Preventing Mobility Barriers to Inclusion for People With Intellectual Disabilities

Jean Sherman, Sarah Sherman

Research output: Contribution to journalArticlepeer-review

12 Scopus citations


Many disability advocates and professionals believe they will recognize community inclusion when they see it, yet "inclusion" is a nuanced subjective construct that may hold a somewhat different meaning for each person. A comparison of the disability movement and accessibility laws and policies reveals community inclusion to be an ideal repeatedly sought by individuals with disabilities and advocates alike. This article recounts national and international efforts toward inclusion and suggests some reasons why these have fallen short. Research has revealed that limited financial resources, inadequate social supports and transportation, and unwelcoming or negative reciprocal attitudes are important community barriers to inclusion. These barriers are significant to all individuals with disabilities but especially to persons with intellectual disabilities (ID). Regarding ID in the context of person-environment interactions, the authors suggest that other significant barriers to community inclusion may be found in the built environment and result from negative attitudes of the professionals responsible for its creation. Because the built environment plays a substantial role in community inclusion for individuals with ID, it is important to ensure the congruency of designers' attitudes with the philosophies that underlie accessible design and inclusion. The authors suggest that the negative attitudes of the creators of the built environment may be amenable to change through education. The authors highlight the need for an integrated and preventive interdisciplinary educational approach, particularly targeting design professionals, as one meaningful step toward creating truly inclusive and disability-friendly communities.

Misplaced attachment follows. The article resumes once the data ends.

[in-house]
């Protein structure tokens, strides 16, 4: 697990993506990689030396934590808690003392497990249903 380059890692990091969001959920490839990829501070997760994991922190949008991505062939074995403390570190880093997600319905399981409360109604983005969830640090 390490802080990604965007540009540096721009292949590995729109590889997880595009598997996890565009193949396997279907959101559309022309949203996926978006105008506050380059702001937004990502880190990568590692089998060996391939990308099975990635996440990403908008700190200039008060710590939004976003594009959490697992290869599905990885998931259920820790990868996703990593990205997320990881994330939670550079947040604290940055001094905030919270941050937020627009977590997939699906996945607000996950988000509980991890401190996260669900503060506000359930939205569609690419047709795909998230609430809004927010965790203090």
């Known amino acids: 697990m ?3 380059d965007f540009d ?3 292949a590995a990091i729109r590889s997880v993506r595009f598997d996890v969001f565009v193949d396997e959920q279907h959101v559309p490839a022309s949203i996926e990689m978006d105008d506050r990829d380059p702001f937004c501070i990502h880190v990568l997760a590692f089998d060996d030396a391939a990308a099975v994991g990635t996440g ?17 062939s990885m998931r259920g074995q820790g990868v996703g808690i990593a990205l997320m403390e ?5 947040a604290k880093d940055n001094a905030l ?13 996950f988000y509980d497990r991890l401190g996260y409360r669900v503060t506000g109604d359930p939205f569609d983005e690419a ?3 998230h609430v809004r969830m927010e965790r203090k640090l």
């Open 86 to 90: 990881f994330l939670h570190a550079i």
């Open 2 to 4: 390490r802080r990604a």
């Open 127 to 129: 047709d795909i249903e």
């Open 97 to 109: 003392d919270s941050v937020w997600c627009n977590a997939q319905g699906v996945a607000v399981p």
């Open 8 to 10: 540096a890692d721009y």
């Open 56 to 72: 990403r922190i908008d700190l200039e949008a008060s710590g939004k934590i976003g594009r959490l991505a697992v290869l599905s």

Original languageEnglish (US)
Pages (from-to)271-276
Number of pages6
JournalJournal of Policy and Practice in Intellectual Disabilities
Issue number4
StatePublished - Dec 2013


  • Barriers
  • Community inclusion
  • Disability-friendly communities
  • Intellectual disabilities

ASJC Scopus subject areas

  • Health(social science)
  • Public Health, Environmental and Occupational Health


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